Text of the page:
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The majority of soft robots today rely on external power and control, keeping them tethered to off-board systems or rigged with hard components. Now, researchers from the Harvard John A. Paulson School of Engineering and Applied Sciences (SEAS) and Caltech have developed soft robotic systems, inspired by origami, that can move and change shape in response to external stimuli, paving the way for fully untethered soft robots.
The research is published in Science Robotics.
“The ability to integrate active materials within 3D-printed objects enables the design and fabrication of entirely new classes of soft robotic matter,” said Jennifer A. Lewis, the Hansjorg Wyss Professor of Biologically Inspired Engineering at SEAS and co-lead author of the study.
Lewis is also a Core Faculty Member at the Wyss Institute for Biologically Inspired Engineering at Harvard.
The researchers turned to origami to create multifunctional soft robots. Through sequential folds, origami can encode multiple shapes and functionalities in a single structure. Using materials known as liquid crystal elastomers that change shape when exposed to heat, the research team 3D-printed two types of soft hinges that fold at different temperatures and thus can be programmed to fold in a specific order.
“With our method of 3D printing active hinges, we have full programmability over temperature response, the amount of torque the hinges can exert, their bending angle, and fold orientation. Our fabrication method facilitates integrating these active components with other materials,” said Arda Kotikian, a graduate student at SEAS and the Graduate School of Arts and Sciences and co-first author of the paper.
“Using hinges makes it easier to program robotic functions and control how a robot will change shape. Instead of having the entire body of a soft robot deform in ways that can be difficult to predict, you only need to program how a few small regions of your structure will respond to changes in temperature,” said Connor McMahan, a graduate student at Caltech and co-first author of the paper.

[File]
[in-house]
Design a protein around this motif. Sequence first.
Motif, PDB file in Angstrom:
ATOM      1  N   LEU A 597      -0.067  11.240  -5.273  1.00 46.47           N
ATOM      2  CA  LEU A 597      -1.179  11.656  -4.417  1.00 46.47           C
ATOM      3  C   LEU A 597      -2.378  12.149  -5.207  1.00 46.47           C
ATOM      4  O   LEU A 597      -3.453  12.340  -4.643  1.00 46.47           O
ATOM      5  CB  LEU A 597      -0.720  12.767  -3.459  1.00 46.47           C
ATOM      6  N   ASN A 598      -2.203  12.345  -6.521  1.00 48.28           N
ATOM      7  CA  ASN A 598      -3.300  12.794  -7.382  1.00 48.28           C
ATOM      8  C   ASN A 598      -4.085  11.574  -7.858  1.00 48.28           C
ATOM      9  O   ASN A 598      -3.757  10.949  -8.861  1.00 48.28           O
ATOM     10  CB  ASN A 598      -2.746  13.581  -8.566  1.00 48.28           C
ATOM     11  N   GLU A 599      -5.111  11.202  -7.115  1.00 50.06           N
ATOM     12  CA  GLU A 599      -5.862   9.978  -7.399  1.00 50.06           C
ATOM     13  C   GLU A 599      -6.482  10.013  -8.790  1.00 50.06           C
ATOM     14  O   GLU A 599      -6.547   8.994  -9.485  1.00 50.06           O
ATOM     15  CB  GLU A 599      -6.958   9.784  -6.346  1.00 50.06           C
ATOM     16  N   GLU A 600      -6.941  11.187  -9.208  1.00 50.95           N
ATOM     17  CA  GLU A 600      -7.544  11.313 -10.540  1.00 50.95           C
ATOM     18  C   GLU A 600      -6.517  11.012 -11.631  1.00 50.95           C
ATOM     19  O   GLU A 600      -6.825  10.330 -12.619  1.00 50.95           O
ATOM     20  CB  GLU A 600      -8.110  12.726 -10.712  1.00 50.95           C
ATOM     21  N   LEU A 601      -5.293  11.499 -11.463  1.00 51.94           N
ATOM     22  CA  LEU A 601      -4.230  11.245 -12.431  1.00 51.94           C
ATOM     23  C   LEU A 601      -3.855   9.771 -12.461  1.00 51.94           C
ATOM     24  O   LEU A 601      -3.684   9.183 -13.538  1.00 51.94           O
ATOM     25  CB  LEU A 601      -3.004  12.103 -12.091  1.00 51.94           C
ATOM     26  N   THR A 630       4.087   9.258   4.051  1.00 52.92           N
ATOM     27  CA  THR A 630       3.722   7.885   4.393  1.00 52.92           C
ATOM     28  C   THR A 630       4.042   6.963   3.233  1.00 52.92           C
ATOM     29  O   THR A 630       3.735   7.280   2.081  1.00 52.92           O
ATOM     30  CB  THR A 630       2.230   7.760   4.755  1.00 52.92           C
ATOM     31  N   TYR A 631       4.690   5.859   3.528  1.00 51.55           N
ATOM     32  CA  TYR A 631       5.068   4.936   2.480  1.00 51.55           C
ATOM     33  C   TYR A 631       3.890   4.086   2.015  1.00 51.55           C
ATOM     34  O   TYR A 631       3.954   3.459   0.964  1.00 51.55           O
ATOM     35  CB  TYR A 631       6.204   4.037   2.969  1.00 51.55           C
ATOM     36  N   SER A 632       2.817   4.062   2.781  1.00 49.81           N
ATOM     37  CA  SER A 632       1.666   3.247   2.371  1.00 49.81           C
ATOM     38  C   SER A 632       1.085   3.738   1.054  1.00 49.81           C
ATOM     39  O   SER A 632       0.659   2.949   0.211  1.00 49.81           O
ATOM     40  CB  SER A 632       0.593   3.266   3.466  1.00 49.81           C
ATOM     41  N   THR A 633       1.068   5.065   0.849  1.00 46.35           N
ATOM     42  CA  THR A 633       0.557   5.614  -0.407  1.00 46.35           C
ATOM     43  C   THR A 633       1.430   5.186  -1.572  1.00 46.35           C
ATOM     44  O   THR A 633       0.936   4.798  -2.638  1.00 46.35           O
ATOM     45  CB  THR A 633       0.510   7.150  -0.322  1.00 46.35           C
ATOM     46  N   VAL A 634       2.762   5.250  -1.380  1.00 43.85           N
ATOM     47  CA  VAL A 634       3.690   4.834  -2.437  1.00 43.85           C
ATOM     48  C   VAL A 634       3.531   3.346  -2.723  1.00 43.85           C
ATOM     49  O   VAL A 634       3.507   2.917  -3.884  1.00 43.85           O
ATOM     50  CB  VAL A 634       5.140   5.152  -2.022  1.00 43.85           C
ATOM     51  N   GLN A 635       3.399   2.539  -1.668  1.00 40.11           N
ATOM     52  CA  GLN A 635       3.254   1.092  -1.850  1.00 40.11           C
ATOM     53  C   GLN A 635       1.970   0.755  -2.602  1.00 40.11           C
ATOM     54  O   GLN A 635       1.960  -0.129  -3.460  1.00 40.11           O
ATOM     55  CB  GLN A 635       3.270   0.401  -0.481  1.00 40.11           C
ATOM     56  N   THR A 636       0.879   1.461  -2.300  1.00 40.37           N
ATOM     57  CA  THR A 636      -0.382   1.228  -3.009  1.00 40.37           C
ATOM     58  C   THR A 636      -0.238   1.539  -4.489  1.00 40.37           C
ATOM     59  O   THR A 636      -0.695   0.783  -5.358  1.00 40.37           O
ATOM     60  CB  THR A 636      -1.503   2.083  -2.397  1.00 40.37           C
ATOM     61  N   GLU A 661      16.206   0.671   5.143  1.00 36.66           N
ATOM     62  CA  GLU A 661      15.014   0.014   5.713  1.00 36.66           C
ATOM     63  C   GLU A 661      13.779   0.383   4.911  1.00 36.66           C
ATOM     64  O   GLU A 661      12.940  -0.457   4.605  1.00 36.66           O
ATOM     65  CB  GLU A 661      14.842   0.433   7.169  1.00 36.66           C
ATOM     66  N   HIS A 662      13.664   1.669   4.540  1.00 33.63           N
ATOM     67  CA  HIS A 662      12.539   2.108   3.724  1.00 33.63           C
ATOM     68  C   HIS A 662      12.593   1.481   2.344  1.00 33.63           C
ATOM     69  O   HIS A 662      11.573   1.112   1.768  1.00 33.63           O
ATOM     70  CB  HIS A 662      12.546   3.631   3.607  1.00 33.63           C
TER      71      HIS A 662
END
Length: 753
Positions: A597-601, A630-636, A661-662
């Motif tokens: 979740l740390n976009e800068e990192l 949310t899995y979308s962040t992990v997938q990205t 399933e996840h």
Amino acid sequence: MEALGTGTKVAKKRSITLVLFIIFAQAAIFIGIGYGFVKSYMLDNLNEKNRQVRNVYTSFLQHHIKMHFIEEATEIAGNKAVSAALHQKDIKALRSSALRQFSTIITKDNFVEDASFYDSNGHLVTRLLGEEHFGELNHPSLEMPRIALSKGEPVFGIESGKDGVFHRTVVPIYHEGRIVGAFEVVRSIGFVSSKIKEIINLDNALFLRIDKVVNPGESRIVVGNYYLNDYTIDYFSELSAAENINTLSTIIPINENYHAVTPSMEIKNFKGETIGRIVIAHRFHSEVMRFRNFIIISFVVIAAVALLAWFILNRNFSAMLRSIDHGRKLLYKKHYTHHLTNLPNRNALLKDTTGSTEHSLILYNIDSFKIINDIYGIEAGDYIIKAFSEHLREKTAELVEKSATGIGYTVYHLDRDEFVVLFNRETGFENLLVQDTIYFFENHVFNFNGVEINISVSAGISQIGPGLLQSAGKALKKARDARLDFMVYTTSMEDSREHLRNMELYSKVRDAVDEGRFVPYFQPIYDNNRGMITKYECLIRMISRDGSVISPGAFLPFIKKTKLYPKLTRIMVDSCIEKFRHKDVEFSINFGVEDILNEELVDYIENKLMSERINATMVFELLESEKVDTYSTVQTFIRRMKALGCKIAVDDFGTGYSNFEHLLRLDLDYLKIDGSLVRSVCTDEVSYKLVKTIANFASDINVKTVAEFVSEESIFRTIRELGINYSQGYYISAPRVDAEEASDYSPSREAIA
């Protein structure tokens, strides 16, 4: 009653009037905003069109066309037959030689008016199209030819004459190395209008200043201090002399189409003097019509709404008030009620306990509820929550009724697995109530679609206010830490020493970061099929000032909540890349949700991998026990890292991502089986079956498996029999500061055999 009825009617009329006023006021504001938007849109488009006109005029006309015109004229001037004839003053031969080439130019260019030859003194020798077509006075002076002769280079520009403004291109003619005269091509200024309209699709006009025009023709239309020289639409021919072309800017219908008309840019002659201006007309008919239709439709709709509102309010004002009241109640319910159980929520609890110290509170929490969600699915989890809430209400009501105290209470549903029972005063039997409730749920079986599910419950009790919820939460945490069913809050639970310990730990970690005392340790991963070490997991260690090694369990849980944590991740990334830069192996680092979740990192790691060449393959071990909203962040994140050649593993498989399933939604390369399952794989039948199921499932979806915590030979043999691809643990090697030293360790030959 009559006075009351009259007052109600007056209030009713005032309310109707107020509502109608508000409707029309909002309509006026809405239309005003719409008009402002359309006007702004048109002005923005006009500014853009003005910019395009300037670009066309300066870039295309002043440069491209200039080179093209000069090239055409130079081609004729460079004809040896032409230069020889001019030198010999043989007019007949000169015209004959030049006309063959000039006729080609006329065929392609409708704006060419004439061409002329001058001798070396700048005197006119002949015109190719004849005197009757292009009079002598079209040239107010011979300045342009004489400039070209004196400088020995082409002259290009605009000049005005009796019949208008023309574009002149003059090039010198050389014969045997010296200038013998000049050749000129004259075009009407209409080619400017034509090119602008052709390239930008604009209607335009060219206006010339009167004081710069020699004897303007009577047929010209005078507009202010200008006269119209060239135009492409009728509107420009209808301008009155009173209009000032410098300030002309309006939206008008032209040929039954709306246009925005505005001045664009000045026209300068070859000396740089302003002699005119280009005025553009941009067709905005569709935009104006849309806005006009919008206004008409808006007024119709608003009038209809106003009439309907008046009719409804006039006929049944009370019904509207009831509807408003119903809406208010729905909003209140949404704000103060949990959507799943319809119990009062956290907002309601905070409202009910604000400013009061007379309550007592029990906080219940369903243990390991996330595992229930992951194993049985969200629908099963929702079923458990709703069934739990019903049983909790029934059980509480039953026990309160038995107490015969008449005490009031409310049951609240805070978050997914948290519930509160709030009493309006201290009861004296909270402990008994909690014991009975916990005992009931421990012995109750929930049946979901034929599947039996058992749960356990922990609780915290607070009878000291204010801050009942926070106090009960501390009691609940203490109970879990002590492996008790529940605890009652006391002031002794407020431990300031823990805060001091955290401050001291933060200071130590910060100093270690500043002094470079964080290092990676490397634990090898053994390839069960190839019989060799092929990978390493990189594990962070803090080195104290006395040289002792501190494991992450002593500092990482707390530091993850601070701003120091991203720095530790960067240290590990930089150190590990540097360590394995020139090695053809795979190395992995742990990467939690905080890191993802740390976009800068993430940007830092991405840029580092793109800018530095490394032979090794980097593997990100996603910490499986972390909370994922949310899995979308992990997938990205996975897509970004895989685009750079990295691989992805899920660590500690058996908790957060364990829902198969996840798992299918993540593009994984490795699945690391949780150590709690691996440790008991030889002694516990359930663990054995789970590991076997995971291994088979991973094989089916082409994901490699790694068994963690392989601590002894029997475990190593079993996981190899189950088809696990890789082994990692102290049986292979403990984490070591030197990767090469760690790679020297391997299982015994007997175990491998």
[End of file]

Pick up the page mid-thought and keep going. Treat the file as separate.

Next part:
To demonstrate this method, Kotikian, McMahan, and the team built several soft devices, including an untethered soft robot nicknamed the “Rollbot.” The Rollbot begins as a flat sheet, about 8 centimeters long and 4 centimeters wide. When placed on a hot surface, about 200°C, one set of hinges folds and the robot curls into a pentagonal wheel.
Another set of hinges is embedded on each of the five sides of the wheel. A hinge folds when in contact with the hot surface, propelling the wheel to turn to the next side, where the next hinge folds. As they roll off the hot surface, the hinges unfold and are ready for the next cycle.
“Many existing soft robots require a tether to external power and control systems or are limited by the amount of force they can exert. These active hinges are useful because they allow soft robots to operate in environments where tethers are impractical and to lift objects many times heavier than the hinges,” said McMahan.
Another device, when placed in a hot environment, can fold into a compact folded shape resembling a paper clip and unfold itself when cooled.
“These untethered structures can be passively controlled,” said Kotikian. “In other words, all we need to do is expose the structures to specific temperature environments and they will respond according to how we programmed the hinges.”
While this research only focused on temperature responses, liquid crystal elastomers can also be programmed to respond to light, pH, humidity and other external stimuli.
“This works demonstrates how the combination of responsive polymers in an architected composite can lead to materials with self-actuation in response to different stimuli. In the future, such materials can be programmed to perform ever more complex tasks, blurring the boundaries between materials and robots,” said Chiara Daraio, Professor of Mechanical Engineering and Applied Physics at Caltech and co-lead author of the study.
This research was co-authored by Emily C. Davidson, Jalilah M. Muhammad, and Robert D. Weeks. It was supported by Army Research Office, and Harvard Materials Research Science and Engineering Center through the National Science Foundation, and the NASA Space Technology Research Fellowship.
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Leah Burrows | 617-496-1351 | firstname.lastname@example.org